Grab is bringing big changes to Southeast Asia’s digital economy with its services like ride-hailing, food delivery, and fintech. Launched in 2012 in Malaysia with only one offering—GrabTaxi—the soon-to-be-listed firm has grown into a self-described “super app,” with around 25 million monthly transacting users, 5 million registered drivers, and 2 million merchant partners.
Behind Grab’s growth is an army of engineers who write code to develop software solutions, operating systems, security tools, and other protocols. Nine years ago, it all started with three members of the tech team, according to Suthen Thomas, Grab’s CTO.
Suthen joined the company in 2011 as a technical consultant after a friend introduced him to Grab’s co-founders, Anthony Tan and Tan Hooi Ling. The two were looking for someone with technical know-how to build an application to make taxis safer, and Suthen was the right fit.
“I found the project really interesting because Malaysia had a reputation for having some of the worst taxi drivers in the world,” Suthen told KrASIA. Before joining Grab, Suthen served as a software development manager at Logistics Consulting Asia in Selangor, Malaysia.
As a fresh startup, Grab’s early team worked in a small office in Kuala Lumpur. The company started with a taxi dispatch system for drivers, but there wasn’t a passenger application.
“In the beginning, the system was developed by a third-party company. Anthony brought me to have a look at the work, and I suggested the team do in-house development,” Suthen said. “It was serendipitous as I knew a guy who was also quitting his job with a couple of friends to build their own thing. I introduced them to Anthony. One thing led to another: Grab got its first in-house tech team in December 2011. There were three people on the team.”
In the beginning, they spent a lot of time coding, while Suthen, as a consultant, was responsible for addressing the key pain points of the system. Nobody had a specific job description; everyone just did what was needed, Suthen said.
“In 2012, the Malaysian government held a carnival, so we set up a booth to recruit taxi drivers,” he said. From founders to engineers and designers, everyone in the company helped recruit drivers, explaining the app and why they needed to use it. “After a while, we realized that instead of asking passengers to call a taxi dispatch, we needed to put the bookings in the hands of passengers directly, and that’s when we introduced our passenger app in 2012,” Suthen explained.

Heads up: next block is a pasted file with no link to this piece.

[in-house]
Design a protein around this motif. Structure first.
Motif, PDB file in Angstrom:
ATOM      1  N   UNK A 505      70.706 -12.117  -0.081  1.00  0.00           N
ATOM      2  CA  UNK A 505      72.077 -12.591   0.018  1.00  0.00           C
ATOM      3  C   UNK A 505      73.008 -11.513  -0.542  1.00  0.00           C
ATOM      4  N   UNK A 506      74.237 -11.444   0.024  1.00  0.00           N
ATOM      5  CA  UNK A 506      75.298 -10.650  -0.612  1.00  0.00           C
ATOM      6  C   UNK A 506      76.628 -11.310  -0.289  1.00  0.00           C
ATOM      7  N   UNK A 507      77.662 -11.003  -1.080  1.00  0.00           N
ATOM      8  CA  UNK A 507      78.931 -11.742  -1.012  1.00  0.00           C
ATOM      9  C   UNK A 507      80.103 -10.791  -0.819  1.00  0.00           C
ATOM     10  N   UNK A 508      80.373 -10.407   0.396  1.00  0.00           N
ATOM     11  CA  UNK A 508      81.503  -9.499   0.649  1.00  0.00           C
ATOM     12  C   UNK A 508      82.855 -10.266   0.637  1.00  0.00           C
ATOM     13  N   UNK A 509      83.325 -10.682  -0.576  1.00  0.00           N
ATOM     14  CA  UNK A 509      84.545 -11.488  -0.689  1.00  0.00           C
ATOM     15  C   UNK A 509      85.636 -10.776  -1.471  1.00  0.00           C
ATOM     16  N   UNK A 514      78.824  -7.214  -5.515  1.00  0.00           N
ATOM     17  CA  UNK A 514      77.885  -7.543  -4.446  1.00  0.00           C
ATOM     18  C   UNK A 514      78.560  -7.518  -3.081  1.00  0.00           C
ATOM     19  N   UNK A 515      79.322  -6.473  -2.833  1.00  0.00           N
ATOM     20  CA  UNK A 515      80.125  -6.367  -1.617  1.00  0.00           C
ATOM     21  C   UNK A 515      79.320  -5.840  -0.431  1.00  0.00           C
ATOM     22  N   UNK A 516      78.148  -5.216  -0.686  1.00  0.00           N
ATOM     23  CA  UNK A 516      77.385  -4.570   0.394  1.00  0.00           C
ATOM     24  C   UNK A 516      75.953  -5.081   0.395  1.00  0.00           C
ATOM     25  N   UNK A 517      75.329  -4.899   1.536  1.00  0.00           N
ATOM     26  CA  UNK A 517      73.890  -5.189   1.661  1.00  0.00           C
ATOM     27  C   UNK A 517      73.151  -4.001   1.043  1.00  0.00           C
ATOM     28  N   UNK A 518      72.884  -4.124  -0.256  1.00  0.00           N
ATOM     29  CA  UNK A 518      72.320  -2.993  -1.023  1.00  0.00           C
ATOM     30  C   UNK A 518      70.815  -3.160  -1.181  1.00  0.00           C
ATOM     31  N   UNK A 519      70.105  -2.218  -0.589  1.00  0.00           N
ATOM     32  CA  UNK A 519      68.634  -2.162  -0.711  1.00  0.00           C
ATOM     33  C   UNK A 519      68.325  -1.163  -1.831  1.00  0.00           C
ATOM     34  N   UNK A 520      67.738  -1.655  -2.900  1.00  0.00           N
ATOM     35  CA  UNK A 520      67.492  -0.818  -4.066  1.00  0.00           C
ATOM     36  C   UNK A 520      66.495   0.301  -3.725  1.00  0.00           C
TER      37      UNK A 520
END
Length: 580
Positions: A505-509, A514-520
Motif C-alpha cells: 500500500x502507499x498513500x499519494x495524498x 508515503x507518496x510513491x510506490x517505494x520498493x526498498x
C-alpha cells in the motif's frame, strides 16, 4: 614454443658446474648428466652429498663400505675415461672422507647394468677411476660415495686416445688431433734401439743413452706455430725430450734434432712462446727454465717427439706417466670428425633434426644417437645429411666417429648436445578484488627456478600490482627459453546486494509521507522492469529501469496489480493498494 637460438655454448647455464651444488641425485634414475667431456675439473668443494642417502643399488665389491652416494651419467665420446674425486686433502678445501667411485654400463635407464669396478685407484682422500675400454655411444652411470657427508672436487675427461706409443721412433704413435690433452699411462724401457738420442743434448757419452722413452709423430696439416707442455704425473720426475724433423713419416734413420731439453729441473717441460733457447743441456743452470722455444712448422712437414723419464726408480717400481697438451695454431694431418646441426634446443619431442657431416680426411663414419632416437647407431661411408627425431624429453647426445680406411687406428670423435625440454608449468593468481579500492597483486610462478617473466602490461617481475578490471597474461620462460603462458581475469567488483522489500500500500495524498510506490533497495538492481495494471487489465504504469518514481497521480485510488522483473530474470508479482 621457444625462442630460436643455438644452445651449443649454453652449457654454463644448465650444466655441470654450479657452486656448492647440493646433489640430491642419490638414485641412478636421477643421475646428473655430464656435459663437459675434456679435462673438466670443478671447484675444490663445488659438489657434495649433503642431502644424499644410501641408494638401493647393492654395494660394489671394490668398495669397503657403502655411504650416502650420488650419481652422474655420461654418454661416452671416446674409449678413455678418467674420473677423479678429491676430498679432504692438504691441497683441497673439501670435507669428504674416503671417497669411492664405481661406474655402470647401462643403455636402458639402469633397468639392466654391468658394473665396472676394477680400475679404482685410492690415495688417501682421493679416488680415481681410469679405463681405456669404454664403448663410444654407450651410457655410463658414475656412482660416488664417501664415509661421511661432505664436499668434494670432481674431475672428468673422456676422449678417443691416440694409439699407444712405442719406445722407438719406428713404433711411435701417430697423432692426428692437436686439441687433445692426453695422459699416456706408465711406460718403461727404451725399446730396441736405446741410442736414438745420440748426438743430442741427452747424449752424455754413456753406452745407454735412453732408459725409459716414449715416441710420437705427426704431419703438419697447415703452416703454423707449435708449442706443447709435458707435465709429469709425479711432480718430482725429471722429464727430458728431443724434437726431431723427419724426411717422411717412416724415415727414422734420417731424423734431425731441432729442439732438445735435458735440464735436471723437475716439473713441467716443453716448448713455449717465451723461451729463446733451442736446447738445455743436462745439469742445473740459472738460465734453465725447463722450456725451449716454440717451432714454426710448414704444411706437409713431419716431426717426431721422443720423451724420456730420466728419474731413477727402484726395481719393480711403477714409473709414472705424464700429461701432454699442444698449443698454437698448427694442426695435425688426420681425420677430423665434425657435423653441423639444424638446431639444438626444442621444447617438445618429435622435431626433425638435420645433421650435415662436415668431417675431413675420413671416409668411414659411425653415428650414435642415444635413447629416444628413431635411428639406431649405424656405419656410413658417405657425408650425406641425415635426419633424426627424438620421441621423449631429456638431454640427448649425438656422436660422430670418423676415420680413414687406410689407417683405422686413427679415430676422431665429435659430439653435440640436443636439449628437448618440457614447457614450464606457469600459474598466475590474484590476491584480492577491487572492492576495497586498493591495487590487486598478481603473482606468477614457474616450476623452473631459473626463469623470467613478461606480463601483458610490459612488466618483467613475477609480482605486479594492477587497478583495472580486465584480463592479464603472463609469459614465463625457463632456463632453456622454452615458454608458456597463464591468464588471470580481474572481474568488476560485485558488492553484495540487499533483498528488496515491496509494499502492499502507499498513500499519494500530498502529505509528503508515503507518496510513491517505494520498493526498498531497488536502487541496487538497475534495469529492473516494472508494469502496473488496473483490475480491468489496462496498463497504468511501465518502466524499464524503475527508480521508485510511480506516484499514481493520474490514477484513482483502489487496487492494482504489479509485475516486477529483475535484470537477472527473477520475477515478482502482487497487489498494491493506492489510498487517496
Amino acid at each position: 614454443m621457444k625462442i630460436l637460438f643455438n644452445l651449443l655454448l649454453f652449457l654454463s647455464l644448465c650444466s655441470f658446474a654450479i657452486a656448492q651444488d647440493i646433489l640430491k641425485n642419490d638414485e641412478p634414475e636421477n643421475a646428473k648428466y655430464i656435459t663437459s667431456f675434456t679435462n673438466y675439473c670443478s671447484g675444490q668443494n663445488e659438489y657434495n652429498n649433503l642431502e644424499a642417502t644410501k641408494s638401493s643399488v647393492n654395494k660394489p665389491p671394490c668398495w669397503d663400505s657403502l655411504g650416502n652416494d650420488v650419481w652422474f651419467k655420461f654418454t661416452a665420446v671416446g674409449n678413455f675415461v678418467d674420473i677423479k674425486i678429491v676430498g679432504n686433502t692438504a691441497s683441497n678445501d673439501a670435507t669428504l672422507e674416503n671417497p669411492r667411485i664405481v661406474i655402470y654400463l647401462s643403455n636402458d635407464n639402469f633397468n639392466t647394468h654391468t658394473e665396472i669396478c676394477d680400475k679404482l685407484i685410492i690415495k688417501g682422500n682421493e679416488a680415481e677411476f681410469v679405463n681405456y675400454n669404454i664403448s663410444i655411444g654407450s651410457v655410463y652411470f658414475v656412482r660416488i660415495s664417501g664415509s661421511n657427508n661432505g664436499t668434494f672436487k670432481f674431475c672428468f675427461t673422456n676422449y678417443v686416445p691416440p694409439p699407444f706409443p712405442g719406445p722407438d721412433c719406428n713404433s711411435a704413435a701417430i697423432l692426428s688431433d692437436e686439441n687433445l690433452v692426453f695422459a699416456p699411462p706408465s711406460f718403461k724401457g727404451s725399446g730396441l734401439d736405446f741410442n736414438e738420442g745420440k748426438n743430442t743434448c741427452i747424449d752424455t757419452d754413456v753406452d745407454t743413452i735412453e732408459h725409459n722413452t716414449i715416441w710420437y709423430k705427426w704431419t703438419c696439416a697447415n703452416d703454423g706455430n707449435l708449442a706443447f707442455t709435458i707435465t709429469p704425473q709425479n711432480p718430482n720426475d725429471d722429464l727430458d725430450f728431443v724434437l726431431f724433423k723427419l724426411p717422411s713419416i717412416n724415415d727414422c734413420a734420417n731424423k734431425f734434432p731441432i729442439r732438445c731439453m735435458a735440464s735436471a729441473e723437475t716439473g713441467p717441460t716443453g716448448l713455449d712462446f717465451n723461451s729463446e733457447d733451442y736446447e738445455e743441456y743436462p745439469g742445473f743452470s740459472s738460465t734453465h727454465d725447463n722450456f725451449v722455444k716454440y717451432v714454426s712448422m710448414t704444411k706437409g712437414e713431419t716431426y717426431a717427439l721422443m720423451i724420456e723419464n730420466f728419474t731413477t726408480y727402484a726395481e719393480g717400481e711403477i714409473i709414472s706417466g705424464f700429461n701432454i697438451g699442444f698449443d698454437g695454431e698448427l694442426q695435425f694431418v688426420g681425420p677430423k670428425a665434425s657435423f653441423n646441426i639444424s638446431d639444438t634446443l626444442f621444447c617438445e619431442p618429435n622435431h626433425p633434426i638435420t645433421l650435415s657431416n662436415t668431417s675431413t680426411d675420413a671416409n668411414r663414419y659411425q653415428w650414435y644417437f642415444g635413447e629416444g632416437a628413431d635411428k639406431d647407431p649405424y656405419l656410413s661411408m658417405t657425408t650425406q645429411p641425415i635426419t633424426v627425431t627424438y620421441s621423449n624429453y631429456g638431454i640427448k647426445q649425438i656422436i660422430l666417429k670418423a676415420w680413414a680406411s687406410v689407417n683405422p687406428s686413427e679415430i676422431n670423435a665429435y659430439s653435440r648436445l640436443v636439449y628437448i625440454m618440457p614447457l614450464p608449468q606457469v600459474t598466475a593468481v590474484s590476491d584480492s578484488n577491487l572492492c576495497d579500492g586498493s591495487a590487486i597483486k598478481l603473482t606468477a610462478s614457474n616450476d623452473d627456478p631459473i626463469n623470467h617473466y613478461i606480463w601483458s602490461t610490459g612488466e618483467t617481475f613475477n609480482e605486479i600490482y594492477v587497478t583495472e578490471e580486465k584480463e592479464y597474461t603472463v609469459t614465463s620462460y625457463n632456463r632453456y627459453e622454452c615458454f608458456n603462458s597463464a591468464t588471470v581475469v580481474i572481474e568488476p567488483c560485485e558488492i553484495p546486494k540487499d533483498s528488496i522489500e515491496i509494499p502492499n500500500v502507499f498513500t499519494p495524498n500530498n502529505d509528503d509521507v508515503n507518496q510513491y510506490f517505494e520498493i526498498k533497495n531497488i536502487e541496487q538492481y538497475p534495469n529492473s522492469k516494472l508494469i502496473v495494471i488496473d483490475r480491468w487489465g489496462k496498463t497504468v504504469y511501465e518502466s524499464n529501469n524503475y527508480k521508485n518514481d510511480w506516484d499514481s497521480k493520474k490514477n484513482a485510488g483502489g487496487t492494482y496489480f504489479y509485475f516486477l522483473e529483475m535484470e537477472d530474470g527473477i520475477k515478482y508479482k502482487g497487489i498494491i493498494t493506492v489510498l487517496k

“We tried and tested different technologies. We moved from Node Js and CouchDB to [development frameworks] Rails and MySQL while still keeping some of the earlier components. This became a strong foundation for growth. First, the tech ecosystem was getting more mature, and we didn’t have to reinvent the wheel. Second, we had a lot of useful components we could draw from the community,” said Suthen.
“Beyond that, the product was built to support multiple markets, so it was internationalized and localized from the start. This allowed us to have one stack across two markets and then scale to other markets really quickly,” he added.
In 2013, Suthen took leave to pursue a master’s degree at Harvard Kennedy School and returned two years later. In January 2020, he was promoted to the CTO position at Grab.
Hyperlocal is key
Now headquartered in Singapore, Grab currently operates in 428 cities across eight countries in Southeast Asia. In addition to its main services like GrabCar, the firm has different offerings in other regional markets catering to locals’ needs. For instance, on-demand motorcycle ride taxi service GrabBike is available in countries where motorcycles are common, like Indonesia, Thailand, and Vietnam. At the same time, in certain regions of Cambodia, customers can order Grab Remorque, the company’s version of a traditional Cambodian tuk-tuk, a two-wheeled carriage pulled by a motorbike, and in Myanmar, users can request rickshaw taxis.
Nonetheless, it’s never easy for a tech team to tailor services for a specific market. In pre-pandemic times, operations and tech teams, even from the company’s global offices in Beijing and Seattle, would come to the region to experience the products themselves. This way, team members unfamiliar with Southeast Asia could learn first-hand about the problems on the ground to better understand what locals need, Suthen explained.
“If you customize the product too much for every market, you end up with potentially nonscalable solutions, and the product will be difficult to maintain,” said Suthen. Therefore, the team strikes a balance by generalizing components and deploying capabilities in the market.
“One example was the work we did for GrabFood when COVID-19 hit. People had a difficult time going out to get the things they needed, and we wanted to create income opportunities for drivers and merchant partners. We were able to use the platform we had built for delivery, including the catalog and all those capabilities, to quickly launch a product where you could buy groceries through the platform,” Suthen added.
Emphasis on data security and protection